Can Myocardial Infarct Size be Reduced by Mechanically Unloading the Left Ventricle?
Oxygen Supply/Demand Approach to Reducing Infarct Size
Great strides have been made in the treatment of acute myocardial infarction (MI). Improved outcomes and reduced mortality are largely the result of opening the occluded infarct artery as soon as possible and by keeping it open. Early reperfusion consistently reduces myocardial infarct size in both experimental animal models and in patients.
Despite advances in stenting of the occluded coronary artery and shortening of the "door-to-balloon" time, 1 month mortality post infarction still hovers around 15% and post myocardial infarction heart failure remains problematic. Therefore, there is still a need to try to further reduce myocardial infarct size in 2013. Initial concepts focused on reducing myocardial infarct size by improving the imbalance between O2/nutrient supply and O2/nutrient demand of the heart (Table 1). Improving O2 supply by inducing early reperfusion with thrombolytic therapy, then angioplasty, and now stenting has been successful and dual antiplatelet therapy and possibly addition of anticoagulant therapy has further improved clinical outcomes, maintained vessel patency, and reduced stent thrombosis. Other techniques to improve O2/nutrient supply such as hyperoxemia and erythropoietin have shown benefit in some but not all studies. Antianginal agents that vasodilate the coronary arteries and may improve coronary flow such as nitrates and calcium blockers in general have failed to reduce myocardial infarct size in clinical trials.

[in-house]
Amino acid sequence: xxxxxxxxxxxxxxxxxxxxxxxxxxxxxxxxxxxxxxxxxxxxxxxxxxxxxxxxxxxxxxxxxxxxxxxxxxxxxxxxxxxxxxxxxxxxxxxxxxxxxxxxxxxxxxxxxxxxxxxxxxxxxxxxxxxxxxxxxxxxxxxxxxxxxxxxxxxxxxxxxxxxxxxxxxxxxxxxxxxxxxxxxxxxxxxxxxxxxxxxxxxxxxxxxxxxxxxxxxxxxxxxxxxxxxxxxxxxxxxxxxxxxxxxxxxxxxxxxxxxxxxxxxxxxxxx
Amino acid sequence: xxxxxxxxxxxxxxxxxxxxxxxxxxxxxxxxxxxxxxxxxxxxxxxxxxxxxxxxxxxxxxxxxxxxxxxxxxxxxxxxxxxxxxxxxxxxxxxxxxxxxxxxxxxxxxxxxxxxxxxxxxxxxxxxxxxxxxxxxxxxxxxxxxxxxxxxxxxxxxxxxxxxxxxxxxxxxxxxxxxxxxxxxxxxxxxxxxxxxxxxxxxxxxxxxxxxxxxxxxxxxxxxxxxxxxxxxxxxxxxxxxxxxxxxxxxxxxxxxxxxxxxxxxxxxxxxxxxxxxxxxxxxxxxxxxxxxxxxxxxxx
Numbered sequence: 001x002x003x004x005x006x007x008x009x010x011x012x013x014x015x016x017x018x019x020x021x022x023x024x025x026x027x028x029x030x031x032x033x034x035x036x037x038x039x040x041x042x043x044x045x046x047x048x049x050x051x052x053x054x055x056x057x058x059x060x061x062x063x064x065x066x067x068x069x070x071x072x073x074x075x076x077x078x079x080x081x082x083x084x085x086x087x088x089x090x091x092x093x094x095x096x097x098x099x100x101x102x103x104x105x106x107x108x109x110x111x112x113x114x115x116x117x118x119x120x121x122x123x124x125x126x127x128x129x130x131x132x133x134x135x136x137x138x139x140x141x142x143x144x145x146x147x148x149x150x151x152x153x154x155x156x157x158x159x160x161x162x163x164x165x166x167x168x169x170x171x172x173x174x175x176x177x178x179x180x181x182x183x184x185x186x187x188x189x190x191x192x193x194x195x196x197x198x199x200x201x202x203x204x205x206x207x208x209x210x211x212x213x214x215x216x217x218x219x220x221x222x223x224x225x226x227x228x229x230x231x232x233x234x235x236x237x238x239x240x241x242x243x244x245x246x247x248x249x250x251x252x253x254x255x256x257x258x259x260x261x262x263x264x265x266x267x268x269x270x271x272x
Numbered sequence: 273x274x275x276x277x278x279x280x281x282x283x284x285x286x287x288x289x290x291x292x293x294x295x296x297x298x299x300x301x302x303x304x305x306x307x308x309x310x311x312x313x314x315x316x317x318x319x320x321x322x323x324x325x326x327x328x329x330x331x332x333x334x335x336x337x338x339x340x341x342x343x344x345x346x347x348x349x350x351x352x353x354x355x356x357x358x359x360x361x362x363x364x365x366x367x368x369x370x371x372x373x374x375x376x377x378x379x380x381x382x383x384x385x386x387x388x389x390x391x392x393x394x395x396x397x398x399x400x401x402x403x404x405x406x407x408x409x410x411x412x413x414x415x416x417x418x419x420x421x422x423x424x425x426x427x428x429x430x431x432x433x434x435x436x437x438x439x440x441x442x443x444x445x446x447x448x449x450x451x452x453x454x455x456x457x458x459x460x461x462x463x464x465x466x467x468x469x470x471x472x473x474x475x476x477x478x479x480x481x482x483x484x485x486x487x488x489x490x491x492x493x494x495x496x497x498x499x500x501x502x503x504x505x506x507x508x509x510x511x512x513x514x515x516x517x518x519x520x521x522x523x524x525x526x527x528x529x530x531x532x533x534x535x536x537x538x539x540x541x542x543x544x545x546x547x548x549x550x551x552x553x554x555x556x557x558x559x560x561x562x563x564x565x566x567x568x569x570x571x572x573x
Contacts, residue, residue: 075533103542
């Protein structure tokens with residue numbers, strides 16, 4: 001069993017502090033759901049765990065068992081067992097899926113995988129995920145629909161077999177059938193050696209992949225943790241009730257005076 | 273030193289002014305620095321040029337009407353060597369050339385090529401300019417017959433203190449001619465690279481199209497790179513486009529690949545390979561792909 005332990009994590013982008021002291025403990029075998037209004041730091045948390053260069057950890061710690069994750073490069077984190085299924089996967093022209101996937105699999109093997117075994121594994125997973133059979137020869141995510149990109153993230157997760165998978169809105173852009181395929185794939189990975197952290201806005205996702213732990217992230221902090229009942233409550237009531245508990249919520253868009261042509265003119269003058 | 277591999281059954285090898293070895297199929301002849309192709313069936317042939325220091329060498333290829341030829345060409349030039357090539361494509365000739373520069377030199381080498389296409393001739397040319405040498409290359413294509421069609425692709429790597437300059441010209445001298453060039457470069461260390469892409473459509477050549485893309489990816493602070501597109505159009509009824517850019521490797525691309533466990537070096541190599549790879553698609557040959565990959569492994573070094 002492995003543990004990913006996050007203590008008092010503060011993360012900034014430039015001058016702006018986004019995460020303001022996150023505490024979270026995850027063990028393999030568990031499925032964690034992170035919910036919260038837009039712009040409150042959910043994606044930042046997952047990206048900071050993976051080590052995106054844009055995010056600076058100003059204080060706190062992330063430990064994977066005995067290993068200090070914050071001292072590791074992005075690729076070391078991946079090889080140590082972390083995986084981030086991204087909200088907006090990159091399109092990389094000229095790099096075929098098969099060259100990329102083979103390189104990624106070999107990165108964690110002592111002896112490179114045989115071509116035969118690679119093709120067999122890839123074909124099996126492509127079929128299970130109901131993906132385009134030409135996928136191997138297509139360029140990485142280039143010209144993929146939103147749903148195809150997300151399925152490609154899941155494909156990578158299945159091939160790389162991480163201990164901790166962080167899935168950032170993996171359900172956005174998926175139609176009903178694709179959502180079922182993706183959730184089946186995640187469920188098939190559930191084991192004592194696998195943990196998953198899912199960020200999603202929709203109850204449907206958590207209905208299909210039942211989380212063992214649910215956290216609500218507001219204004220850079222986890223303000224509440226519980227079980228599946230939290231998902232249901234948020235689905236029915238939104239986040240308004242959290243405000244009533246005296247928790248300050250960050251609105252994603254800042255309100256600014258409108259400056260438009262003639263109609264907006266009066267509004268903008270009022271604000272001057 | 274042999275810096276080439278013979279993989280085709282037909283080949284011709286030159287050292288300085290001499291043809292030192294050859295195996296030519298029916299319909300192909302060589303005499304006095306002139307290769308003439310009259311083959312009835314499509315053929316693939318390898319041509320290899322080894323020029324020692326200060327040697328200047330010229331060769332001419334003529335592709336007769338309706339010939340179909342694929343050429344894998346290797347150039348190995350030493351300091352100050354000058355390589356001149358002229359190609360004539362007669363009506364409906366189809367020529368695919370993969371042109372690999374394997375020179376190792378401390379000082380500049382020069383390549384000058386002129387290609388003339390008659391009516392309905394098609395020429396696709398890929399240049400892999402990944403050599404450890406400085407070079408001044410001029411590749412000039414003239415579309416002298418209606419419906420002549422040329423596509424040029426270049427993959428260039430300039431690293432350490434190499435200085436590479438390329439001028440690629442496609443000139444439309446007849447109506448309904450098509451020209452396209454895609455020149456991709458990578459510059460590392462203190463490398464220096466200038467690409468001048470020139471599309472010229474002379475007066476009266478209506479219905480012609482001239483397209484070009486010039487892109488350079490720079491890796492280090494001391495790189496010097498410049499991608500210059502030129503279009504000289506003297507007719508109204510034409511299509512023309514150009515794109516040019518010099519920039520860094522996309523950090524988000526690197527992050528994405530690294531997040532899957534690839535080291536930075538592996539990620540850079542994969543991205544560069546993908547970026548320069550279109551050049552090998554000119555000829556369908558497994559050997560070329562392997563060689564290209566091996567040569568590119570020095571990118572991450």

- Received June 4, 2013.
- Accepted June 7, 2013.